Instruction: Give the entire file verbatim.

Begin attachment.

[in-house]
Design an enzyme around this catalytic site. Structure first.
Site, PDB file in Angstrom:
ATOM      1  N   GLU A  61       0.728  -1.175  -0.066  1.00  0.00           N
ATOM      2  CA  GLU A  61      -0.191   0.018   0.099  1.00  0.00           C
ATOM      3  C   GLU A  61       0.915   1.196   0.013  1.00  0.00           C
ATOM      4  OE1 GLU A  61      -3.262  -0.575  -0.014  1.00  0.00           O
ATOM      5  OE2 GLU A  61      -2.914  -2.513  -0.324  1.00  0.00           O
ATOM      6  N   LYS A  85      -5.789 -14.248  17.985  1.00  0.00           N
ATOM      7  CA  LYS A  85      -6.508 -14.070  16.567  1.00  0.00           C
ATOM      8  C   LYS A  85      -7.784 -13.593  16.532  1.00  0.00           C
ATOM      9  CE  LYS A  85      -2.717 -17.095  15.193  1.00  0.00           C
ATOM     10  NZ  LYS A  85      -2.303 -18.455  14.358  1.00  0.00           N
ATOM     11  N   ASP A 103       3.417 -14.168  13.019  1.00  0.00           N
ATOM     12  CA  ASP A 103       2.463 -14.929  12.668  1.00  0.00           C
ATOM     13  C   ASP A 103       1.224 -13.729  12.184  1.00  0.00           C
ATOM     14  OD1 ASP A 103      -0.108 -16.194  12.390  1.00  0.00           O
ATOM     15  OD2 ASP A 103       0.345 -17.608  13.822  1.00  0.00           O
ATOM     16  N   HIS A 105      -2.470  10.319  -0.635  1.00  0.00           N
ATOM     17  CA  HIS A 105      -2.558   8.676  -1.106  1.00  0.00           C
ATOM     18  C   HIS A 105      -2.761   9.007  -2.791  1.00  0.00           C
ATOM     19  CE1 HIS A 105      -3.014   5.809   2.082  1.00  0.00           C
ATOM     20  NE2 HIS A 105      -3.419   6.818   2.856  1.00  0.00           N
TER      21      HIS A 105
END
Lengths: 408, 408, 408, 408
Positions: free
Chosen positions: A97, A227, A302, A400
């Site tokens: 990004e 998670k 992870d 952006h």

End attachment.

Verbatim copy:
[in-house]
Design an enzyme around this catalytic site. Structure first.
Site, PDB file in Angstrom:
ATOM      1  N   GLU A  61       0.728  -1.175  -0.066  1.00  0.00           N
ATOM      2  CA  GLU A  61      -0.191   0.018   0.099  1.00  0.00           C
ATOM      3  C   GLU A  61       0.915   1.196   0.013  1.00  0.00           C
ATOM      4  OE1 GLU A  61      -3.262  -0.575  -0.014  1.00  0.00           O
ATOM      5  OE2 GLU A  61      -2.914  -2.513  -0.324  1.00  0.00           O
ATOM      6  N   LYS A  85      -5.789 -14.248  17.985  1.00  0.00           N
ATOM      7  CA  LYS A  85      -6.508 -14.070  16.567  1.00  0.00           C
ATOM      8  C   LYS A  85      -7.784 -13.593  16.532  1.00  0.00           C
ATOM      9  CE  LYS A  85      -2.717 -17.095  15.193  1.00  0.00           C
ATOM     10  NZ  LYS A  85      -2.303 -18.455  14.358  1.00  0.00           N
ATOM     11  N   ASP A 103       3.417 -14.168  13.019  1.00  0.00           N
ATOM     12  CA  ASP A 103       2.463 -14.929  12.668  1.00  0.00           C
ATOM     13  C   ASP A 103       1.224 -13.729  12.184  1.00  0.00           C
ATOM     14  OD1 ASP A 103      -0.108 -16.194  12.390  1.00  0.00           O
ATOM     15  OD2 ASP A 103       0.345 -17.608  13.822  1.00  0.00           O
ATOM     16  N   HIS A 105      -2.470  10.319  -0.635  1.00  0.00           N
ATOM     17  CA  HIS A 105      -2.558   8.676  -1.106  1.00  0.00           C
ATOM     18  C   HIS A 105      -2.761   9.007  -2.791  1.00  0.00           C
ATOM     19  CE1 HIS A 105      -3.014   5.809   2.082  1.00  0.00           C
ATOM     20  NE2 HIS A 105      -3.419   6.818   2.856  1.00  0.00           N
TER      21      HIS A 105
END
Lengths: 408, 408, 408, 408
Positions: free
Chosen positions: A97, A227, A302, A400
């Site tokens: 990004e 998670k 992870d 952006h």